Negative interest rates, How do they work?

Negative interest-rates turn capitalism inside out. As Heraclitus, a Greek philosopher (c.535–c.475 BC), said: The way up is the way down. Negative interest-rates are when you pay the bank to keep your money. 

Scary, huh? In Europe, this is what commercial banks—and very rich corporations or individuals—have to do.
Commercial banks pay to keep their money in central banks, instead of being paid in the form of interest. The central banks impose this, to force the commercial banks to lend their money at low cost to other banks, businesses, and consumers, as well as charging some clients to deposit cash.

The goal is to push people to borrow more—spend more—save less. The goal is to stimulate the economy until negative interest-rates are no longer needed. (Because who knows, really, where negative interest-rates lead?)

The trouble is, negative interest-rates squeeze down pensions, blow out real-estate bubbles, and do not eliminate future deflation. European banks are now struggling with weak interest-income and thin margins on loans. They lag behind their American counterparts.

There is also the problem of the European Union, which constrains every economy to the same rules. Germany and Switzerland do not necessarily need negative interest-rates. But countries that do, see no benefit—profitless companies remain afloat, sucking resources away from profitable ones, while general productivity is drags down.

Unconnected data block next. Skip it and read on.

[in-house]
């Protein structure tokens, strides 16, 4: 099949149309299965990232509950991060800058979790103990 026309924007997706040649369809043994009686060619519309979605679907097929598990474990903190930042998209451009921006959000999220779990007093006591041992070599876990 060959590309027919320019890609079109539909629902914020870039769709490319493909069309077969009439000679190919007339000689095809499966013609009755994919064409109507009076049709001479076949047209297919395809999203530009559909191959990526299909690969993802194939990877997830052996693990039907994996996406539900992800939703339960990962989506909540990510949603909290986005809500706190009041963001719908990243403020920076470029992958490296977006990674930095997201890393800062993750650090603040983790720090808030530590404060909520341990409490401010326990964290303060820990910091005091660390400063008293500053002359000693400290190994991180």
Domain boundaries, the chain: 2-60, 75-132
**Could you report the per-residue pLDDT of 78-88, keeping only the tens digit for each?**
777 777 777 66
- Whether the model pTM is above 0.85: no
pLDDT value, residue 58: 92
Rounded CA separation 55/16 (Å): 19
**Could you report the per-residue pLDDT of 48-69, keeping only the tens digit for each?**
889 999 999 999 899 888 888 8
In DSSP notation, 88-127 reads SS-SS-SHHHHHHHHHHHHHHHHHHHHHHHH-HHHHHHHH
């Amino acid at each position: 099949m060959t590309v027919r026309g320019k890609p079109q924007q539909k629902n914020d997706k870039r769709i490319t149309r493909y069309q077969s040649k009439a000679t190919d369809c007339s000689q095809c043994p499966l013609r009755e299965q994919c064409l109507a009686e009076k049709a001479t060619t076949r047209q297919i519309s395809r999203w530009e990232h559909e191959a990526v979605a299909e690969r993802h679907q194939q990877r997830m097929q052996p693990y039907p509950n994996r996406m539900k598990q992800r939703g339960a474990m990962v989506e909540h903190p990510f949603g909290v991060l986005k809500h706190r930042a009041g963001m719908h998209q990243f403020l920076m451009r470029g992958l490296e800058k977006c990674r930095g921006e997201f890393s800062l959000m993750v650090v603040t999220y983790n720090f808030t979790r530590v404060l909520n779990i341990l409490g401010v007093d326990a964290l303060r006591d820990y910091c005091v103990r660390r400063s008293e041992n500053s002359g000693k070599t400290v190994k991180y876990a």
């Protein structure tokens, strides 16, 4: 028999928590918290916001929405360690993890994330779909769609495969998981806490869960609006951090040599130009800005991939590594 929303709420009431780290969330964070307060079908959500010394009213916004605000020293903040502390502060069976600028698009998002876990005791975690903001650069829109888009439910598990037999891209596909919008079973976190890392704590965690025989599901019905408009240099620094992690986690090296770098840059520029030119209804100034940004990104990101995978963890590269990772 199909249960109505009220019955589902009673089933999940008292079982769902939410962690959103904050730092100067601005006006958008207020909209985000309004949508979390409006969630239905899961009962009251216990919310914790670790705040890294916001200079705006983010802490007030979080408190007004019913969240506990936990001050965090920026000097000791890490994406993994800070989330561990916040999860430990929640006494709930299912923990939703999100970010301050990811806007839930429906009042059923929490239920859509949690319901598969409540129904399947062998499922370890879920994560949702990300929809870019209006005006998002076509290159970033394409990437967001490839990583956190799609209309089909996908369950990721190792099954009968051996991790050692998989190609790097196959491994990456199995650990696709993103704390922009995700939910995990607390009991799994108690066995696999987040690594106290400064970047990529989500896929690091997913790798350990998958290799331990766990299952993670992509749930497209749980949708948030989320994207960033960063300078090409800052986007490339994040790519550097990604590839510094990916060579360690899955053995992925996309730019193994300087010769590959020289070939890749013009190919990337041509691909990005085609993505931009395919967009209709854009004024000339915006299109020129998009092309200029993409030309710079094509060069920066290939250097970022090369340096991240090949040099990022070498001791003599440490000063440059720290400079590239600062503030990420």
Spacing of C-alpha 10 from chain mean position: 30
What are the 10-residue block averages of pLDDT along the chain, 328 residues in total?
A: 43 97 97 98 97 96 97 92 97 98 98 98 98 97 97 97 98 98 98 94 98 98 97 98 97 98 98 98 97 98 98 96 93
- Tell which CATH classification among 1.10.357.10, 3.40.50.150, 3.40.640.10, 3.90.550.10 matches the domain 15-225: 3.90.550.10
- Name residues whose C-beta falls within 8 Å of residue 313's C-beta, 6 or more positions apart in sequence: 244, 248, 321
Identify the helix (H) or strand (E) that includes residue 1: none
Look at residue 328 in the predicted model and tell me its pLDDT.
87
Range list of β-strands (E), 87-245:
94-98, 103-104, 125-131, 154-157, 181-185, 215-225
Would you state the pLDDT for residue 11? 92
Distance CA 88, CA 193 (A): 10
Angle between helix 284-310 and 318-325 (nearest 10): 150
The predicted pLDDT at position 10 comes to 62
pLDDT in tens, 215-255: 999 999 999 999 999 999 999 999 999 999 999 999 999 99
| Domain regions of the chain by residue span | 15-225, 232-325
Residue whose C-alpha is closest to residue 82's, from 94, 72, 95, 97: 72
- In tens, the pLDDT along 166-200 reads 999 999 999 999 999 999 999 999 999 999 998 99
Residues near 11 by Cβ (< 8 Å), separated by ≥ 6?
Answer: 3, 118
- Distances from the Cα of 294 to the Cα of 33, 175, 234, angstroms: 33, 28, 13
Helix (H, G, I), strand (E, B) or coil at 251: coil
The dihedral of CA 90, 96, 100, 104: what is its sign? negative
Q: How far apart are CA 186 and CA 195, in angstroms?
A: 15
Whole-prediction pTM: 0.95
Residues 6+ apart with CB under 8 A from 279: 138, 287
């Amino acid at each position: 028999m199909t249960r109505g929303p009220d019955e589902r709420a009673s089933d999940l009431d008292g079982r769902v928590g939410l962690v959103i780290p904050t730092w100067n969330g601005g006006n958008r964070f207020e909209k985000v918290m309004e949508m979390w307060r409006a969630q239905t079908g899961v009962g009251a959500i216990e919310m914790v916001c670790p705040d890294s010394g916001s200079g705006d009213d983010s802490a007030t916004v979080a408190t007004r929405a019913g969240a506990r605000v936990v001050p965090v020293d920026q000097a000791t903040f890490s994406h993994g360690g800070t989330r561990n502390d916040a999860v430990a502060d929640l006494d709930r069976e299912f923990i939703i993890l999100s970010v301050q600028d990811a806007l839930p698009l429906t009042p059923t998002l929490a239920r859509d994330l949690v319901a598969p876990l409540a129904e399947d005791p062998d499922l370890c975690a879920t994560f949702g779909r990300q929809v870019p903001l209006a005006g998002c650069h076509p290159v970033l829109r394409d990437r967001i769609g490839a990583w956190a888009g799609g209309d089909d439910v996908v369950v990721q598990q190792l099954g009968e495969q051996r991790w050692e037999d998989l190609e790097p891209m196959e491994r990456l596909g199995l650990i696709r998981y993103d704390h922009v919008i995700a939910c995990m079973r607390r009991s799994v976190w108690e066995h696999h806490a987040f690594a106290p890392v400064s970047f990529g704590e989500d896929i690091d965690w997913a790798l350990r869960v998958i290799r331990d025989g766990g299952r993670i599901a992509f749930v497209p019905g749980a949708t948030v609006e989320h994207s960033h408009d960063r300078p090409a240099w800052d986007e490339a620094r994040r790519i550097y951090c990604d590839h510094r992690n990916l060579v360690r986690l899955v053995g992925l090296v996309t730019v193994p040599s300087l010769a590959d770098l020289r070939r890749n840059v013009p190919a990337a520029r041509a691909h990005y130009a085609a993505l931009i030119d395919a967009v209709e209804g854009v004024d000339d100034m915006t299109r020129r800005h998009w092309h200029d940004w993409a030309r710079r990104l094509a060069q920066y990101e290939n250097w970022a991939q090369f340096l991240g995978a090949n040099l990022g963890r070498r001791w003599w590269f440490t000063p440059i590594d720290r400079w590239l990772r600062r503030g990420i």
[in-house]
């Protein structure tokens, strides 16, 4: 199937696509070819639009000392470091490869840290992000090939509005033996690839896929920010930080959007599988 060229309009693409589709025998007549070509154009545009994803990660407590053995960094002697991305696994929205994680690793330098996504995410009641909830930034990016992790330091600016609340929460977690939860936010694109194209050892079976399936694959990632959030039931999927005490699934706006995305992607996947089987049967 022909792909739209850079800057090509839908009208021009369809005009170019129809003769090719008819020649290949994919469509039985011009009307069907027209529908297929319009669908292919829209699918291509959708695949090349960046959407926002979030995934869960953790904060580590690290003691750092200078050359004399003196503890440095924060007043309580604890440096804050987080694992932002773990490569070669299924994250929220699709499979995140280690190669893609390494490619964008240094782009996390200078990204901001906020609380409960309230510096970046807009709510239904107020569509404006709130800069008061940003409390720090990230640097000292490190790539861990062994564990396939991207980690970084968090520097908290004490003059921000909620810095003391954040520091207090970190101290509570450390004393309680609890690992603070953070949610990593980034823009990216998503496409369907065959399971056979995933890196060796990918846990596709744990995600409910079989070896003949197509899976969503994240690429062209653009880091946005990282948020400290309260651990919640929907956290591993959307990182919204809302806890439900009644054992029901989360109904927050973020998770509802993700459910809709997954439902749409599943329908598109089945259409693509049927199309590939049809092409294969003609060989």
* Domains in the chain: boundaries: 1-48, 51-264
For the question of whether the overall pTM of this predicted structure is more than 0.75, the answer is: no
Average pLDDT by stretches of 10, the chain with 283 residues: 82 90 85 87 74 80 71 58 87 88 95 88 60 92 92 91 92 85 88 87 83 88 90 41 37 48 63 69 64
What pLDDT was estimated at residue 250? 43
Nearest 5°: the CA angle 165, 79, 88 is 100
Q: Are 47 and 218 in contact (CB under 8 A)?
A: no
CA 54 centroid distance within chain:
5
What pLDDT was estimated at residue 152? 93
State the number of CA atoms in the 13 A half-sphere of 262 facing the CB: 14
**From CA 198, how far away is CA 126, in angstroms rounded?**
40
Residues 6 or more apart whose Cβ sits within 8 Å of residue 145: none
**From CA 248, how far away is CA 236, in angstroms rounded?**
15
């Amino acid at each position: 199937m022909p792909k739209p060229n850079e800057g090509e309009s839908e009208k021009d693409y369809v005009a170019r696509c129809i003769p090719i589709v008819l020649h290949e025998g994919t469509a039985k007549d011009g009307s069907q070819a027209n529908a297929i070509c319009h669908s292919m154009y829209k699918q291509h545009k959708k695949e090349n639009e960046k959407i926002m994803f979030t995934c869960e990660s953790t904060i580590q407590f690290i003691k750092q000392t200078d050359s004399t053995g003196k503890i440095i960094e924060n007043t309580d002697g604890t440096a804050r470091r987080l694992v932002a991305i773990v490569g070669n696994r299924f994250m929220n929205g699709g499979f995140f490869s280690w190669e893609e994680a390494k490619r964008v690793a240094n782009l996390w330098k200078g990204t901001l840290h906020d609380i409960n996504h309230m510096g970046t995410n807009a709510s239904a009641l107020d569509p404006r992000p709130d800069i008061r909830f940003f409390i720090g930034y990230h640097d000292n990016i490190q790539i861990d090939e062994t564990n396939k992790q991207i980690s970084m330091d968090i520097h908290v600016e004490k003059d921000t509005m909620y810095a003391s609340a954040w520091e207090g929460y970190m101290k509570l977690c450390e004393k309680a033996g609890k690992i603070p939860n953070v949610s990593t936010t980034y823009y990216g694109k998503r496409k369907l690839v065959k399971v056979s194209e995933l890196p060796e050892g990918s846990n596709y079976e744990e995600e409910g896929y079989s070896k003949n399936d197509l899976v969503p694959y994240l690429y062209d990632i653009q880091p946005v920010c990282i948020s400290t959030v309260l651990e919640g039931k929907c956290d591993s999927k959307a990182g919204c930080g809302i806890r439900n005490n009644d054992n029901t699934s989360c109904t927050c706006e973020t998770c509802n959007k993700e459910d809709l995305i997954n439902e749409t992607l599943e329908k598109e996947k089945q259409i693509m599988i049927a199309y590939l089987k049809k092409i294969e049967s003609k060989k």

Negative interest rates, How do they work?

You cannot blame people for wriggling. Major depositors park their cash in vaults. (A rich man’s version of keeping it under the mattress.) Cash as “a thing” does not incur negative interest, whereas electronic deposits do. The central banks hate that. If they could, they would eliminate cash altogether. Because, that money is not being loaned out to be spent.


Next, European individuals whose pensions are tied to bonds, are saving more, in order to maintain their retirement income while bond yields drop. That money is not being spent either. In Switzerland, people are putting their money into real-estate, leading to overbuilding. Which means, ruining the environment, as well as preparing a housing bust.

The European Central Bank is undeterred!

Its deposit rate is likely to stay at -0.4% through 2021. The Swiss may cut their rate from -0.75% to -1% next year. Denmark (one of the first with negative interest-rates, in 2012) may likewise cut its rate to -1%. By contrast, the US Federal Reserve pays American banks 2.35% interest on excess reserves!

Negative interest rates, what is the point of this perverse enforcement?

Cheap credit is useless for people without jobs. The jobless are in the double digits in Italy, Spain, and Greece; they are nearly 9% in France. In the eurozone, the under-25 jobless rate is 16%.


Inflation in Europe has sagged below the annual 2% growth-rate that central banks need. Low inflation means consumers and businesses delay spending, since goods become progressively cheaper.

The system is on the brink of disaster. When people riot in the streets in France and elsewhere, they are responding to this.

A crisis is coming, and it will be big.

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